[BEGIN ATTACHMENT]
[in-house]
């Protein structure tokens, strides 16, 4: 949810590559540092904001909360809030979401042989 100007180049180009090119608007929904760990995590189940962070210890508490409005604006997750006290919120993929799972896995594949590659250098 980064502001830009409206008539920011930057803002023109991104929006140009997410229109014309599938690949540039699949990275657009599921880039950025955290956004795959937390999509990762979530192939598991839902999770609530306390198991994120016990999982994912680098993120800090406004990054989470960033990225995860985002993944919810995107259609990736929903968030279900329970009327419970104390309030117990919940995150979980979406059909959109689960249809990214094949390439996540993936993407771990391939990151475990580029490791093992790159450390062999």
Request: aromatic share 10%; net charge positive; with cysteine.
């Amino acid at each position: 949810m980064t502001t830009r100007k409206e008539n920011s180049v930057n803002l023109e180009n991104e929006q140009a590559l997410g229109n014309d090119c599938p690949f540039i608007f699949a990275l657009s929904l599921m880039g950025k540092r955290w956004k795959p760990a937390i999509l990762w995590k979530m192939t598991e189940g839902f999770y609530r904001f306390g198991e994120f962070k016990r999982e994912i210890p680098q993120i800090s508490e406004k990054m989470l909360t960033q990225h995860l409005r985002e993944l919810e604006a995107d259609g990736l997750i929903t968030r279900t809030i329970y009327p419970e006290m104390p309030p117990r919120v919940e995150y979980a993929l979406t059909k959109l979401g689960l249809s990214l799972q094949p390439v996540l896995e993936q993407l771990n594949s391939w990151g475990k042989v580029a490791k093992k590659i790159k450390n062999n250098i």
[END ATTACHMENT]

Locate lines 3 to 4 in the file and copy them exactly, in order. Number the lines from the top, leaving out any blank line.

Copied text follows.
Request: aromatic share 10%; net charge positive; with cysteine.
């Amino acid at each position: 949810m980064t502001t830009r100007k409206e008539n920011s180049v930057n803002l023109e180009n991104e929006q140009a590559l997410g229109n014309d090119c599938p690949f540039i608007f699949a990275l657009s929904l599921m880039g950025k540092r955290w956004k795959p760990a937390i999509l990762w995590k979530m192939t598991e189940g839902f999770y609530r904001f306390g198991e994120f962070k016990r999982e994912i210890p680098q993120i800090s508490e406004k990054m989470l909360t960033q990225h995860l409005r985002e993944l919810e604006a995107d259609g990736l997750i929903t968030r279900t809030i329970y009327p419970e006290m104390p309030p117990r919120v919940e995150y979980a993929l979406t059909k959109l979401g689960l249809s990214l799972q094949p390439v996540l896995e993936q993407l771990n594949s391939w990151g475990k042989v580029a490791k093992k590659i790159k450390n062999n250098i």